But, I want to make clear that Product Owner in the context of this article and under the guidelines of the Scrum Reference Card and LeSS (Large Scale Agile) owns all these responsibilities and can choose to delegate some of them to his/her business analyst as need be. Going beyond Scrum, I do not find a clear delineation between these two roles as constructive. It sets up a brand new waterfall within the product organization. Our PO negotiates the delegation of responsibilities to his BA, together. But, at the end of the day, the PO owns all of it.

    1. Adam

      David Novick, it sounds as if you are allowing ego to get in the way of the ultimate objective of the team. I have worked with Product Owners that also believed that they did not need to participate in the “sausage being made”, but were somehow consistently available to take full credit for the success of the team.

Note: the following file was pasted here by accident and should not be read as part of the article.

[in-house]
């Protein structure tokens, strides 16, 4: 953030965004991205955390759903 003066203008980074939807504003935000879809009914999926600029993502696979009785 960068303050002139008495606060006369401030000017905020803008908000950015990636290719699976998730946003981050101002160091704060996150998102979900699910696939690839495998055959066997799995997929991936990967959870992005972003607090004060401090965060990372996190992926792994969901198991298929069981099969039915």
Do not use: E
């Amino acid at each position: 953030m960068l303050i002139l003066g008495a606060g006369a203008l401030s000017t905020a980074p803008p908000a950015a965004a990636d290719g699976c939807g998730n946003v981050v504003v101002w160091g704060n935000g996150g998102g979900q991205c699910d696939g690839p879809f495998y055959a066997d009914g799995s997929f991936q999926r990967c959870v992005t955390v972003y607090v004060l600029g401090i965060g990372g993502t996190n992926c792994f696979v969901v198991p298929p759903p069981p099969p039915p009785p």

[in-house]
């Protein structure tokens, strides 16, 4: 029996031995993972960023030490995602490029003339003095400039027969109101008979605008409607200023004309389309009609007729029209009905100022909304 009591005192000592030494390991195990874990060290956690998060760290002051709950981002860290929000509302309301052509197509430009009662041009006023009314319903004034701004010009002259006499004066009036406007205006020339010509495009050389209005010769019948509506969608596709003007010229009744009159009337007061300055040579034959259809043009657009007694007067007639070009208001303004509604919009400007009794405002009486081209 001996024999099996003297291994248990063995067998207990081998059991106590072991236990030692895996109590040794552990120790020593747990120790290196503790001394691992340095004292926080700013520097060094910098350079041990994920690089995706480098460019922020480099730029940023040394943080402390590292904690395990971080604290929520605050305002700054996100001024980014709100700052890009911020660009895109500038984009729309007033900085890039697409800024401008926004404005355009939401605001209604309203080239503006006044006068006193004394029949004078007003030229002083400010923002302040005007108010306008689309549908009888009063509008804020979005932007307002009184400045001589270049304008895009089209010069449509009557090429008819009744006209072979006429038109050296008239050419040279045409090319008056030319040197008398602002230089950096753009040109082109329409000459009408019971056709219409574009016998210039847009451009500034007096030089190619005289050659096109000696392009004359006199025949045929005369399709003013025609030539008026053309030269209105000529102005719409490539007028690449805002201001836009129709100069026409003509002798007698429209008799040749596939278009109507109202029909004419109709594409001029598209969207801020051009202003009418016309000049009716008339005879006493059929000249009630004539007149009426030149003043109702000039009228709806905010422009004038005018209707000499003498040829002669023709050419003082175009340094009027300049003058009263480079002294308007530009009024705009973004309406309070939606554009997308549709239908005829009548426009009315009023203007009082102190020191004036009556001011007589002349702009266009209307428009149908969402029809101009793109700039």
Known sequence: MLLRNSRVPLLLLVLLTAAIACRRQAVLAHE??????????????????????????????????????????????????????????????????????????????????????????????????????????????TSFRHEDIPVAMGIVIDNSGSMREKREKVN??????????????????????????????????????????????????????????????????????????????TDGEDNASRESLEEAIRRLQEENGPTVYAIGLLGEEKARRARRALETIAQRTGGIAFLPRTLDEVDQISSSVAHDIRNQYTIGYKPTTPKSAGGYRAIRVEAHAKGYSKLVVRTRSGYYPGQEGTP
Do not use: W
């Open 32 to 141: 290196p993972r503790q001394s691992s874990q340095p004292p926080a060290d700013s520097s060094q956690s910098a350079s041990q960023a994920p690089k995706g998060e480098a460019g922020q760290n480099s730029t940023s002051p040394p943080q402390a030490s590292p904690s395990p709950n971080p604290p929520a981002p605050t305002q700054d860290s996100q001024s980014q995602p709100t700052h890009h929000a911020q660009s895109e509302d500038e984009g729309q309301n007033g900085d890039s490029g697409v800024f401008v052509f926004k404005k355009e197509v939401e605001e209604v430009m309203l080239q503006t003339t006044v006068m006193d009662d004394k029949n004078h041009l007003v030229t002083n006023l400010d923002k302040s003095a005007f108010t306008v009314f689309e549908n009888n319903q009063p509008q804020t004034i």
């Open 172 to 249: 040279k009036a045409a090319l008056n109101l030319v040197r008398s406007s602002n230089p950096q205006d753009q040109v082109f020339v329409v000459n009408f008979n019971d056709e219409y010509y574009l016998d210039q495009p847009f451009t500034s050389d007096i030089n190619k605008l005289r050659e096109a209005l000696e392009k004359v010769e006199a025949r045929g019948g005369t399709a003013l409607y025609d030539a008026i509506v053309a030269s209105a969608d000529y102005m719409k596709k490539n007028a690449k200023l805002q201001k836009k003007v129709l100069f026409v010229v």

If you are not involved with the development of a product, you have no right to claim the role of Product Owner. You are an executive or a salesperson, full stop. It sounds as if are underpaying a Business Analyst to me.

  8. Robert McComiskie

    It sounds to me like there are many different interpretations of the Product Owner role here. Each is correct as perceived by the writer but some are at cross purposes with other writers. If I look at the infinitely variable list of tasks to be accomplished by ‘Product Management,’ let’s just say that the PM and the PO must come to an agreement about which tasks are owned by each or both. Whether those tasks are outward or inward facing depends on the organization and the stage of the product life cycle.